One of the bigger problems with mirrors that extend out from handlebars is that they tend to get whacked. Also bikes may fall over, breaking your mirror, though this is more likely on mirrors that are more stable and have less give. The Mountain Mirrycle mirror needs the least adjusting in my experience. I have cracked the mirror due to my bike falling, though not damaged enough to make it dysfunctional. That took years of riding in inclement weather before the mounting bolts broke and I tossed it out. The Urbie is also stable but needs a wee bit more readjusting than the Mirrycle mirror. Both use a hex wrench to tighten the mirror. The Urbie also has the ability to “instantly flip down and out of the way” but I haven’t seen a need for this function The Mirrycle mirror is a 3 inch round mirror while the Urbie is an oval of 3 ½ X 2 ½ inches. I also liked the CatEye mirror that also had a large surface area. This mirror broke after 2 years of use. This mirror may have a reputation for breaking given the reviews of it at REI. http://www.rei.com/product/683206/cateye-bm-500-mtb-mirror. All but one of the 7 reviews liked the CatEye mirror. Overall, I like the Mirrycle, CatEye and Urbie mirrors. I have a slight bias for the Mirrycle mirror but the Urbie has also been a good mirror. The CatEye is also good so that your choice may depend on price and availability. The Urbie is sold by CycleAware ( www.cycleaware.com ) a company that seems to have the largest variety of mirrors for handlebars, helmets and glasses.

The Blackburn mirrors that I have used need the most adjusting. The handlebar endcap mirror has a plastic tightening device that I can’t seem to tighten enough. The road mirror comes with a Velcro strap. I added a second strap to help with stability. The road mirror I use for touring as it seems to work best for looking past what is strapped on the back of my bike. I’ve needed to put spacers in the Mirrycle mirror to see past my panniers when touring so that has worked out well after the alteration. In general I need to state that I need to shift whatever is strapped on my rear rack to the right to help make my touring bike mirrors more functional. Perhaps I need the mirror I saw in Germany with what looked like an 18 inch mounting arm!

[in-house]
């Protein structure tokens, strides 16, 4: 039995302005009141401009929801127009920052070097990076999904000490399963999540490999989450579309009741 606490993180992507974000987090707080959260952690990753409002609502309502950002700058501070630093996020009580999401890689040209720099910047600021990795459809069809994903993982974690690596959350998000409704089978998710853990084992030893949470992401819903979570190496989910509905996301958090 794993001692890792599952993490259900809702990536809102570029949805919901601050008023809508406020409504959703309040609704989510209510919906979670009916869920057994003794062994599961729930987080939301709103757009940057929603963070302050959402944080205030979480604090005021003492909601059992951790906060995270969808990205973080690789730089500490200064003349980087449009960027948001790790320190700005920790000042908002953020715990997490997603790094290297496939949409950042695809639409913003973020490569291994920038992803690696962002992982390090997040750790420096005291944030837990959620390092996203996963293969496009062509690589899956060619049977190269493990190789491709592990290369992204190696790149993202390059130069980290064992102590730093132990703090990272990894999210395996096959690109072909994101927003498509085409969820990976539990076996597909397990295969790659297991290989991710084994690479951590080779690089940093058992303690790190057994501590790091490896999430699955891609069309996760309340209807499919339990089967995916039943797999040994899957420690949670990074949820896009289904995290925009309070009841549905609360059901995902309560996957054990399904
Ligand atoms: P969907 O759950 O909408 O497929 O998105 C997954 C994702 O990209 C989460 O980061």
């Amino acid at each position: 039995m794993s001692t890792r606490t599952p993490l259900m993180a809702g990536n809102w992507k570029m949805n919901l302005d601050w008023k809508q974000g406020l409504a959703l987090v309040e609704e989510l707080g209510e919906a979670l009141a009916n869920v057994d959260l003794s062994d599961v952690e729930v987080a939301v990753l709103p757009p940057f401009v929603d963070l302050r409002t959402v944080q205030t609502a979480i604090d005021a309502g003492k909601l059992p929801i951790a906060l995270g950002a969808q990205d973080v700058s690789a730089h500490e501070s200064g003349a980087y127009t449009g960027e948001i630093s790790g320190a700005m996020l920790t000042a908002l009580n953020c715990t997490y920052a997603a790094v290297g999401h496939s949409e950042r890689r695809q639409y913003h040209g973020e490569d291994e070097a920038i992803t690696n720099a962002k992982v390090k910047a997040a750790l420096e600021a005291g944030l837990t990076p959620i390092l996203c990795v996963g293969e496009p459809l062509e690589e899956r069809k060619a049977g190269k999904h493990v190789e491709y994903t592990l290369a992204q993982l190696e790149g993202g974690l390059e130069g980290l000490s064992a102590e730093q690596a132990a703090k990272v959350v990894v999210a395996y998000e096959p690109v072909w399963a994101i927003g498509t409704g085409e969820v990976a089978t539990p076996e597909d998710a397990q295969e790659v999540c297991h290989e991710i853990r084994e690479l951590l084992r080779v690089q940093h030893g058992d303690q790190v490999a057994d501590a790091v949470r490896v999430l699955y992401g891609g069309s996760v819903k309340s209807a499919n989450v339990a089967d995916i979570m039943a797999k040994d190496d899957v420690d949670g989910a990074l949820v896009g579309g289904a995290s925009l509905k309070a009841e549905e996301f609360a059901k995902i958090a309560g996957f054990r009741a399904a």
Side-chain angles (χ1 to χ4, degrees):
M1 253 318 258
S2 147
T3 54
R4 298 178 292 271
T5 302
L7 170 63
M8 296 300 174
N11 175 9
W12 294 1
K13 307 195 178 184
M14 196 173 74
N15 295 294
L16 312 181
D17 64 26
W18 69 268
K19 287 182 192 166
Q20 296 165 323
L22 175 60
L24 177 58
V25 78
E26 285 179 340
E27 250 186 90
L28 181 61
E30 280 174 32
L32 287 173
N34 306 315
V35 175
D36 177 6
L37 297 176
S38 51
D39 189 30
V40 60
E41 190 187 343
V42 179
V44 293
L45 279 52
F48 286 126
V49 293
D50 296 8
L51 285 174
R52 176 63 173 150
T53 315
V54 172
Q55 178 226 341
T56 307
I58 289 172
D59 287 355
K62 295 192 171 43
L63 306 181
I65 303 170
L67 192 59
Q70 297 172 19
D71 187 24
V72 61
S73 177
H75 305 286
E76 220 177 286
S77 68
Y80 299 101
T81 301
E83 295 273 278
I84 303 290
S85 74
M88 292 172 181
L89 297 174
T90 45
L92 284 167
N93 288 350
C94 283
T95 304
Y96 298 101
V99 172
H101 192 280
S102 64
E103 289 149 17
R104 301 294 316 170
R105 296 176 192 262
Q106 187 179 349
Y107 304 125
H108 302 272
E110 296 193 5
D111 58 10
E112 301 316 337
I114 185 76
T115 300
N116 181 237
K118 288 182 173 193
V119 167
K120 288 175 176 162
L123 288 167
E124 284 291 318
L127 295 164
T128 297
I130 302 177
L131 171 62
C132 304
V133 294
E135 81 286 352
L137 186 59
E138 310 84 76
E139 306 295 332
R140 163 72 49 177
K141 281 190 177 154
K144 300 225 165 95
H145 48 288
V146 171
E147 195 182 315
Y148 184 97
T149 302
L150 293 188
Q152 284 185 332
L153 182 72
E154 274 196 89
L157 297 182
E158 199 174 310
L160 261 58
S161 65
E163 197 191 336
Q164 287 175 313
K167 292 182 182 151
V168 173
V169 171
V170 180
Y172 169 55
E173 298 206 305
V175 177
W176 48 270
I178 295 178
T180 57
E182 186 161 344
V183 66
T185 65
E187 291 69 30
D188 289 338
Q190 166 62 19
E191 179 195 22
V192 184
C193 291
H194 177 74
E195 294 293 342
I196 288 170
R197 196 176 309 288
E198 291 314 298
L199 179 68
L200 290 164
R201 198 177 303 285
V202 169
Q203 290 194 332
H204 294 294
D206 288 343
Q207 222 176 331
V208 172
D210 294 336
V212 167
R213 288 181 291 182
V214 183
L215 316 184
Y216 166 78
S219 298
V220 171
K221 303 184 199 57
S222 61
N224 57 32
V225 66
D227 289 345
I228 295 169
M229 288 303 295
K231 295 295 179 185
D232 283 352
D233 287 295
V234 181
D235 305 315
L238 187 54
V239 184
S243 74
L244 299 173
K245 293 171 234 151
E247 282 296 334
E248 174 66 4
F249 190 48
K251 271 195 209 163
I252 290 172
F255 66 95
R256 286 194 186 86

Sprintech mirror.
Sprintech mirror.

Although “An Adventure Called Bicycling: Bike Mirror review” called The UltraLight Bike Mirror “the best bike mirror in the world”, I am not so sure (http://anadventurecalledbicycling.blogspot.com/2010/02/bike-mirror-review.html). Overall this blog is a good place to look at his point of view regarding mirrors. The UltraLight mirror clamps to a handlebar by a “hose clamp” mechanism. As the advertising states, it can be mounted to any handlebar. However the arm of the mirror is a bit short for touring so I had to insert a cork to extend the mirror out for better visualization past my tent mounted on the rear rack. It is a stable mirror. My biggest annoyance is the shape of the mirror. It has a parabolic shape for a wide angle view, but it makes what you are looking at seem further away. Many times while bike touring I thought Julie was drifting back. I would then slow down only to find out she was closer to my rear wheel than I thought. The same problem came up when I commute with this mirror with cars. I can only use the mirror to determine that something is behind me, but not how far.

For my road bike I initially purchased the Italian Roadbike Mirror from Aspire Velo. www.aspirevelotech.com. This is a very small, nearly unnoticed mirror on the end of your handlebar. Set-up can be a problem. First set the mirror with some electrical tape. Then check the position. Then wrap your bar tape over the mounting straps. If you don’t get it perfect, you will be twisting the mirror to make it more functional. Service is good from Aspire Velo as I once had the mirror pop off and break so Mike at Aspire Velo sent me a new unit. When my hands are on the top of the handlebars the mirror is blocked unless my hands are near the stem. I have also used the Sprintech mirror for quite awhile. The Sprintech mirror is easier to install. It simply installs into the end of your handlebar and the mirror pops into the endcap via a ball-and-socket. It is a little larger than the Italian model and allows a little better visualization with my hands on the top of the bar. It is not as stable as the Italian mirror, but not so unstable to make it annoying. The Spintech model can be found at many bike shops.

There is a very similar mirror called the Road Mirror is sold by CycleAware. I just installed the Road Mirror on my cylocross bike that has a larger diameter handlebar than the rest of my bikes. It installs with a ball-and-socket like the Sprintech. However it immediately flopped into an unusable position with each bump so I had to use tape to stabilize the mirror. Perhaps it works better on narrower bar or perhaps I should return it to the bike shop.

From a functional and safety point of view, I think mirrors have a place. I strongly disagree with John Forester’s opinion on mirrors. I have yet to meet someone that rides with a mirror that doesn’t regret the decision. The only reason people seem to not use a mirror is style and I’ve seen lots of examples of style trumping good sense. I have also heard a lot of anecdotal stories of how mirrors have assisted someone in avoiding an accident or close call, including my own story. Now I only wish I still had that mirror from 1975, or at least a plastic version of it!